Updated: November 18, 2014 8:25:16 am
Prime Minister Narendra Modi’s attendance at the Asean and G-20 summits caps a busy few months of travel that have included bilateral summits with Japan, the US and now Australia. Modi is the face of a newly confident India that is not afraid of doing deals — sometimes tough deals — with new partners across the economic, political and military spectrum.
Since the end of the Cold War, we have seen big changes in the way India looks at the world. For one thing, India realised that its quest for economic autarchy had been a mistake. In the decades after Independence, India discouraged foreign trade and investment in an attempt to become self-reliant. But policies that sounded desirable only led to economic stagnation and caused India to be less powerful, not more. In contrast, many countries in East Asia connected themselves deeply into the global system, which helped them develop their economies and strengthen their national power.
It is now broadly accepted that the path to a strong India lies through globalisation and economic interconnectedness. Modi was elected on a platform of strengthening India’s economy through more trade and more foreign investment. But even though economic autarchy has been thrown into the dustbin of history, many Indian decision-makers still cling fast to old ideas of strategic autonomy as an excuse to keep other countries at arm’s length. They argue that defence cooperation with other countries somehow endangers India’s sovereignty and that India should try to act alone on the international stage. To them, sovereignty is a sacred object that must be kept in a box.
This view of the world contrasts with the way most countries now promote strategic interconnectedness to enhance their power and influence, and indeed their sovereignty. Of course, the United States came to this understanding some 75 years ago and it is now skilled at using interconnectedness to enhance its influence.
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But many other nations, large and small, now use strategic interconnectedness to leverage their power and punch above their weight. This reflects a world in which few countries — even the US — can achieve much by themselves in the international arena. The new norm is of ad hoc coalitions of states that come together to address a particular problem or achieve a specific objective. And in these coalitions, the countries that will wield the greatest influence are those that have the fewest inhibitions in working with others.
In the future, a nation’s power will be increasingly measured by its ability to mould, join and sometimes lead international coalitions to respond to unpredictable events and crises. But it requires considerable organisational and political flexibility and, most of all, close strategic relationships with a range of partners that have worked together in the past and know that they will work together in future. This capability will be of critical importance to India as it aspires to build its power and influence throughout the region.
India is now cautiously exploring greater security and defence links with new Indo-Pacific partners, such as Japan, Vietnam and Australia.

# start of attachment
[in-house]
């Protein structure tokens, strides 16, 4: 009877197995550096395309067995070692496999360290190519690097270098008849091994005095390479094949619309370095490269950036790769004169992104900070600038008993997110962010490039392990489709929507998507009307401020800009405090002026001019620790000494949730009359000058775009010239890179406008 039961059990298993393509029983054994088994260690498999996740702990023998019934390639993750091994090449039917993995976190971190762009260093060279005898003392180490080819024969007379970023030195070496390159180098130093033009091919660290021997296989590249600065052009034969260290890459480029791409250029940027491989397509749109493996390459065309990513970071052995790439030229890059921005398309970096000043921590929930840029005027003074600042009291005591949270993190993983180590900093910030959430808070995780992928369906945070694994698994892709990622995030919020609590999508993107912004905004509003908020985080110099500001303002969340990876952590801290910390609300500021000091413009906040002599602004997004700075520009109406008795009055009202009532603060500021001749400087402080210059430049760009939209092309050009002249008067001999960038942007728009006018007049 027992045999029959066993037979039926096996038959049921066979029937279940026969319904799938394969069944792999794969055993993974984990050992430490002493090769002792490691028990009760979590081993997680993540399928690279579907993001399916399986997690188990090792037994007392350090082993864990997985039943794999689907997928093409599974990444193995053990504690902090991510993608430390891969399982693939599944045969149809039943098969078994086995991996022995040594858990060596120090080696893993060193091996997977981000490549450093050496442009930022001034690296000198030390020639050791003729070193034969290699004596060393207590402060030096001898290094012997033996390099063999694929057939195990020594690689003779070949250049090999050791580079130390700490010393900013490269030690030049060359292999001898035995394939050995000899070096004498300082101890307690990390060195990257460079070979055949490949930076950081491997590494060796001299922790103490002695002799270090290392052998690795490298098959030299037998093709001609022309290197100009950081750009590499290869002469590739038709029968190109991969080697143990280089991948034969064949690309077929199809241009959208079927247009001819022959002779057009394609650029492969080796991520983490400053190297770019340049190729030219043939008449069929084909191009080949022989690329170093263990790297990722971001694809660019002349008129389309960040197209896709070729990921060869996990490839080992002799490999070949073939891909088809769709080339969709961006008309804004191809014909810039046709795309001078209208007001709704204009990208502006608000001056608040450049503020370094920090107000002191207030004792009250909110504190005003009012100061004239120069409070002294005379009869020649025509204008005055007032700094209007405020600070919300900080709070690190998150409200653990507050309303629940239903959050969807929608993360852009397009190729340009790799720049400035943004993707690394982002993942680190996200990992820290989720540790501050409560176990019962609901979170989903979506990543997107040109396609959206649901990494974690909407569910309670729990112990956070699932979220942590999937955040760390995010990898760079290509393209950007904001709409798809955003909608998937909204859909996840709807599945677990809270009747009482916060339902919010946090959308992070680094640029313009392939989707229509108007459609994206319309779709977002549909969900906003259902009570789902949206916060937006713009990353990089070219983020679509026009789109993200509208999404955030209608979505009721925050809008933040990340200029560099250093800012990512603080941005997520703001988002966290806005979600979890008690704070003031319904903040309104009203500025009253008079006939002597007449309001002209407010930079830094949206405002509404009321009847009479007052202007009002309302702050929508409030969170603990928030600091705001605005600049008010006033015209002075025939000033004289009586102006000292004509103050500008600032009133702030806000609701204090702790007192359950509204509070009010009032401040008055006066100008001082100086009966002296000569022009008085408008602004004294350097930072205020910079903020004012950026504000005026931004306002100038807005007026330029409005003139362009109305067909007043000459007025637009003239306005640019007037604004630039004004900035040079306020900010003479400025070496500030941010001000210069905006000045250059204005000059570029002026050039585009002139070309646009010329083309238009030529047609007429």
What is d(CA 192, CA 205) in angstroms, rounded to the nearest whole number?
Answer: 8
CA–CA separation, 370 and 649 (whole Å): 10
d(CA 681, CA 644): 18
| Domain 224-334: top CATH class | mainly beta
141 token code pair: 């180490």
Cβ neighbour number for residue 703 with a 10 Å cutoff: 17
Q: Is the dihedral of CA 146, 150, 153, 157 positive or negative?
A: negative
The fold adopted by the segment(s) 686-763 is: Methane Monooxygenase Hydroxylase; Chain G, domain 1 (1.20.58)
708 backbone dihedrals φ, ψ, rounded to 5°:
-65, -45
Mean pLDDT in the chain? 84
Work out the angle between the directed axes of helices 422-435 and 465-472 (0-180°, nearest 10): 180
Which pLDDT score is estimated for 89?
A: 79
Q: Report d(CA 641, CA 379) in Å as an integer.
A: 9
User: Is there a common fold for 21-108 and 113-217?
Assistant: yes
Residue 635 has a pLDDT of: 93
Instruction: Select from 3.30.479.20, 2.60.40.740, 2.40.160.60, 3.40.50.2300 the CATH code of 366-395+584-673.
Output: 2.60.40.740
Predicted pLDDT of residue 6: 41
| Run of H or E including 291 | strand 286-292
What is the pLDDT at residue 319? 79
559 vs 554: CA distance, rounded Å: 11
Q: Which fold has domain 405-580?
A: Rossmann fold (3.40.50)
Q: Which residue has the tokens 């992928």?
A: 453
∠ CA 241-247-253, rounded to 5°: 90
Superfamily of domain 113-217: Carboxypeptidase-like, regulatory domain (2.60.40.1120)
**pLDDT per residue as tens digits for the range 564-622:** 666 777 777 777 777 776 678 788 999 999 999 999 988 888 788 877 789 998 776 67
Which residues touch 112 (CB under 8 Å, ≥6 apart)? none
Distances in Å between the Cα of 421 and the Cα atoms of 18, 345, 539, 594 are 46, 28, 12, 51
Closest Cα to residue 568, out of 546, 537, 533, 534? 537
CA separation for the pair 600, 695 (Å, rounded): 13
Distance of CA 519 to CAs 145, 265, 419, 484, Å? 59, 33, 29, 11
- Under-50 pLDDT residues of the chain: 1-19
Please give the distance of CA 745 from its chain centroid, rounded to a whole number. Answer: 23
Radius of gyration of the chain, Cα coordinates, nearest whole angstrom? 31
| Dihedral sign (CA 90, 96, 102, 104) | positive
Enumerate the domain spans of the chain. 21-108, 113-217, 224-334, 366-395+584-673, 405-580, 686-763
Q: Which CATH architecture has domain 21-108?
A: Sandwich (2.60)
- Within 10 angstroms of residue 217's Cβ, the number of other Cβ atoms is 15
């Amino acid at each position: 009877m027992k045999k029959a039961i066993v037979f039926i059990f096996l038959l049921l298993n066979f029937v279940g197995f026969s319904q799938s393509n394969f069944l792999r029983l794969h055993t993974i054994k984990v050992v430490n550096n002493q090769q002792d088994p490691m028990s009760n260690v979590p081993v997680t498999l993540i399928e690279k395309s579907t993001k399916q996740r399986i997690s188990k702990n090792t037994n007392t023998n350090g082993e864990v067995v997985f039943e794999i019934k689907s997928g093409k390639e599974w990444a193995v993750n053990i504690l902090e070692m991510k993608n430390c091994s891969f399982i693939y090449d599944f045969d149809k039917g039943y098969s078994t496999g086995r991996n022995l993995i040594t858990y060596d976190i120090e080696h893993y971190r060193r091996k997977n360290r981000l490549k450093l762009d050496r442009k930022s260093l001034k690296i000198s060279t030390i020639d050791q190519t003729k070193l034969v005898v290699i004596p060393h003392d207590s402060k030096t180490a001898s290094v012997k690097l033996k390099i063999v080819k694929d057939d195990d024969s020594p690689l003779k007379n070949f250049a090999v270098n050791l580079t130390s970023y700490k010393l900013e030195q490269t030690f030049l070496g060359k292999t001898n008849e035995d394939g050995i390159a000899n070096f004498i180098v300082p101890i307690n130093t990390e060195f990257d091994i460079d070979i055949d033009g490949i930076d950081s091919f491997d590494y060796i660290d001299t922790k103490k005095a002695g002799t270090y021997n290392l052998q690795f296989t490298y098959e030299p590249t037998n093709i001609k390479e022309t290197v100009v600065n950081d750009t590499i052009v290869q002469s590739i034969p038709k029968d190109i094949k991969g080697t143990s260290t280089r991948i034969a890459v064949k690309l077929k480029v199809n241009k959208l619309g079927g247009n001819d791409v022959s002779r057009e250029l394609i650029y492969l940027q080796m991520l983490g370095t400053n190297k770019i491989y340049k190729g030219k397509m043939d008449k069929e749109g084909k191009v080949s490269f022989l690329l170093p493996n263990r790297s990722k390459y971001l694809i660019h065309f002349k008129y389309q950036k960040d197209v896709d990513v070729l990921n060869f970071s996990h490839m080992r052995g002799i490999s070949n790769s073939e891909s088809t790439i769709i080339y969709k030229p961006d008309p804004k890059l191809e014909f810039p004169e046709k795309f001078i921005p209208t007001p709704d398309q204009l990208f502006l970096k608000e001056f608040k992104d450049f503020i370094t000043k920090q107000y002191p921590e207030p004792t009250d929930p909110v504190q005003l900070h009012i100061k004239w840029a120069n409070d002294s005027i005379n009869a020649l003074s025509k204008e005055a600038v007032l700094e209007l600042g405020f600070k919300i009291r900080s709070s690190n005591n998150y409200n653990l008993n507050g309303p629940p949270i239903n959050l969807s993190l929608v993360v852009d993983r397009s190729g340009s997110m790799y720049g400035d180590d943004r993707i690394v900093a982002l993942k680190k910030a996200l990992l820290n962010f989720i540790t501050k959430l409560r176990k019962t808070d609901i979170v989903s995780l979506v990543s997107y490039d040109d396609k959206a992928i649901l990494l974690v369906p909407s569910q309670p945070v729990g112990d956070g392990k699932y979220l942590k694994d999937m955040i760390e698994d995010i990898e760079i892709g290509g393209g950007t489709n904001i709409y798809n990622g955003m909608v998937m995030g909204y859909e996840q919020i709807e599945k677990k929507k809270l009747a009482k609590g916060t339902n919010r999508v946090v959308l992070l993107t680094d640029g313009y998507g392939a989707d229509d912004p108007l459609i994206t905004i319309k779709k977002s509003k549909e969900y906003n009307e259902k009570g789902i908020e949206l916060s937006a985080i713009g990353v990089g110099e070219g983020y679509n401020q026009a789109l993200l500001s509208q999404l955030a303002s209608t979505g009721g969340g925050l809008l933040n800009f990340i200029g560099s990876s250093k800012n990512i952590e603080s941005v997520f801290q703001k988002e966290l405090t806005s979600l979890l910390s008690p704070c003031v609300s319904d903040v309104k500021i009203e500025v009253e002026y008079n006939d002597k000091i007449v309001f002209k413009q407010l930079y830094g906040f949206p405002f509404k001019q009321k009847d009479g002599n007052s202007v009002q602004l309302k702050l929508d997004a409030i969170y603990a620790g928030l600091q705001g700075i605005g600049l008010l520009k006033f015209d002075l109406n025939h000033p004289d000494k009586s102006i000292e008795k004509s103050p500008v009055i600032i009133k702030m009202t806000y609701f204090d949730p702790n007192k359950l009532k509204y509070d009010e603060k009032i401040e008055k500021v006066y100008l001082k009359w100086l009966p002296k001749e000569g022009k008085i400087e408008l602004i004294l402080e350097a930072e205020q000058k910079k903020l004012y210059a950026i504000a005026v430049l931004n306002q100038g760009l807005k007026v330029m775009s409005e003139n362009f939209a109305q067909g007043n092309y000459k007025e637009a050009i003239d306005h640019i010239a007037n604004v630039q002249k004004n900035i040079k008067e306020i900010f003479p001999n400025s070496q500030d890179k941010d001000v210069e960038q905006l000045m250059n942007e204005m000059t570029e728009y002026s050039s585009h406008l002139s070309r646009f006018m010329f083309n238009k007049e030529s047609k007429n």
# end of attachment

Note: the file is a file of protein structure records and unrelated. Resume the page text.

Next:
But India’s influence will be a function of its ability to engage with these countries on economic, political and military terms. This needs much more than just good political relationships at the top. It will require an ability to engage across the spectrum, certainly including at the operational level.
In international affairs, reality often has a way of overtaking outdated ideas. Many Indian thinkers are coming to realise that using the idea of strategic autonomy as an excuse to avoid building connections with others is a mistake. In fact, just as economic interdependence actually enhances a nation’s economic power, strategic interconnectedness enhances its military power.
Former Defence Minister Arun Jaitley’s recent decision to revitalise India’s military by encouraging foreign suppliers to partner with Indian companies and make their products here is a good example of this. It moves India past misguided policies that, more often than not, left it without vital military equipment. The Modi government recognises the reality that India can only strengthen its military capabilities through fostering greater interconnectedness with foreign partners in a way that benefits India.
Indian strategic thinking is continuing to evolve towards a focus on outcomes, not nice-sounding principles. As in the economic dimension, India’s sovereignty will come to be measured by its actual ability to exert national power and influence. This is not a function of India’s ability to turn its back on the world, as some would have it, but of its ability to engage with and influence others across the defence and security spectrum.
India’s understanding of strategic autonomy must continue to evolve if it is not to end up in the dustbin of history. India needs to use strategic interconnectedness as a way strengthening its national power and its sovereignty.
The writer is a visiting fellow, the Strategic and Defence Studies Centre, Australian National University, and the Observer Research Foundation, Delhi
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